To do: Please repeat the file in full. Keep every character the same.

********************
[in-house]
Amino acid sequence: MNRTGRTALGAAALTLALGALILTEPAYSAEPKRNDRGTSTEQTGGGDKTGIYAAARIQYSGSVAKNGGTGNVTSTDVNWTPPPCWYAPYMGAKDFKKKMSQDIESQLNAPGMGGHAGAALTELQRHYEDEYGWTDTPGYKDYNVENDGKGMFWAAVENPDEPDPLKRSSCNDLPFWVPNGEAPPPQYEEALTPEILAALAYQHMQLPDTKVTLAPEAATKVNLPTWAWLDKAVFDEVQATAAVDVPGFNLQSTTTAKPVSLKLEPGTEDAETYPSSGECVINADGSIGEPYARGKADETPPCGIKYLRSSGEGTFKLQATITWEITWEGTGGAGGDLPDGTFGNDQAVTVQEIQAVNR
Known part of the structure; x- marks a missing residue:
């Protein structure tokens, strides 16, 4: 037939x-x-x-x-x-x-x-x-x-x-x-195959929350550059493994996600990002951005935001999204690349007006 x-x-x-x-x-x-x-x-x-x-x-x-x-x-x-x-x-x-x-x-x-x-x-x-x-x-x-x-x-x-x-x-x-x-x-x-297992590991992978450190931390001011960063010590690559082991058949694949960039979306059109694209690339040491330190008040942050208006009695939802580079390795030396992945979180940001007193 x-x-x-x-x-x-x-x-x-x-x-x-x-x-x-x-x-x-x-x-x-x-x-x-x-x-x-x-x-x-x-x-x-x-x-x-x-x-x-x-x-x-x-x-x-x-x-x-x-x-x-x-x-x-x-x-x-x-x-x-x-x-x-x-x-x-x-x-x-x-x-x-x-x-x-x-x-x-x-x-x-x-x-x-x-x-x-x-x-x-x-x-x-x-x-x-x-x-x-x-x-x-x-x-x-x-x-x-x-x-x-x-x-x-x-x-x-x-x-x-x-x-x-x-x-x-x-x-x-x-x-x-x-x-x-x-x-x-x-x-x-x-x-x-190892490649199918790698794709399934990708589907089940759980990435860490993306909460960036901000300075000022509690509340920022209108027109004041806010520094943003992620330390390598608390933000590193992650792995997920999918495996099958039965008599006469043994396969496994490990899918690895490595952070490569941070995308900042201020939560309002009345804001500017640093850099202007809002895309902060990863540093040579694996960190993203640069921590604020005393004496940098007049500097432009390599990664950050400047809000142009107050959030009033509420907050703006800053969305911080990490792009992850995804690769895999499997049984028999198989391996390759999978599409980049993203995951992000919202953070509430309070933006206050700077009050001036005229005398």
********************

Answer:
[in-house]
Amino acid sequence: MNRTGRTALGAAALTLALGALILTEPAYSAEPKRNDRGTSTEQTGGGDKTGIYAAARIQYSGSVAKNGGTGNVTSTDVNWTPPPCWYAPYMGAKDFKKKMSQDIESQLNAPGMGGHAGAALTELQRHYEDEYGWTDTPGYKDYNVENDGKGMFWAAVENPDEPDPLKRSSCNDLPFWVPNGEAPPPQYEEALTPEILAALAYQHMQLPDTKVTLAPEAATKVNLPTWAWLDKAVFDEVQATAAVDVPGFNLQSTTTAKPVSLKLEPGTEDAETYPSSGECVINADGSIGEPYARGKADETPPCGIKYLRSSGEGTFKLQATITWEITWEGTGGAGGDLPDGTFGNDQAVTVQEIQAVNR
Known part of the structure; x- marks a missing residue:
């Protein structure tokens, strides 16, 4: 037939x-x-x-x-x-x-x-x-x-x-x-195959929350550059493994996600990002951005935001999204690349007006 x-x-x-x-x-x-x-x-x-x-x-x-x-x-x-x-x-x-x-x-x-x-x-x-x-x-x-x-x-x-x-x-x-x-x-x-297992590991992978450190931390001011960063010590690559082991058949694949960039979306059109694209690339040491330190008040942050208006009695939802580079390795030396992945979180940001007193 x-x-x-x-x-x-x-x-x-x-x-x-x-x-x-x-x-x-x-x-x-x-x-x-x-x-x-x-x-x-x-x-x-x-x-x-x-x-x-x-x-x-x-x-x-x-x-x-x-x-x-x-x-x-x-x-x-x-x-x-x-x-x-x-x-x-x-x-x-x-x-x-x-x-x-x-x-x-x-x-x-x-x-x-x-x-x-x-x-x-x-x-x-x-x-x-x-x-x-x-x-x-x-x-x-x-x-x-x-x-x-x-x-x-x-x-x-x-x-x-x-x-x-x-x-x-x-x-x-x-x-x-x-x-x-x-x-x-x-x-x-x-x-x-190892490649199918790698794709399934990708589907089940759980990435860490993306909460960036901000300075000022509690509340920022209108027109004041806010520094943003992620330390390598608390933000590193992650792995997920999918495996099958039965008599006469043994396969496994490990899918690895490595952070490569941070995308900042201020939560309002009345804001500017640093850099202007809002895309902060990863540093040579694996960190993203640069921590604020005393004496940098007049500097432009390599990664950050400047809000142009107050959030009033509420907050703006800053969305911080990490792009992850995804690769895999499997049984028999198989391996390759999978599409980049993203995951992000919202953070509430309070933006206050700077009050001036005229005398």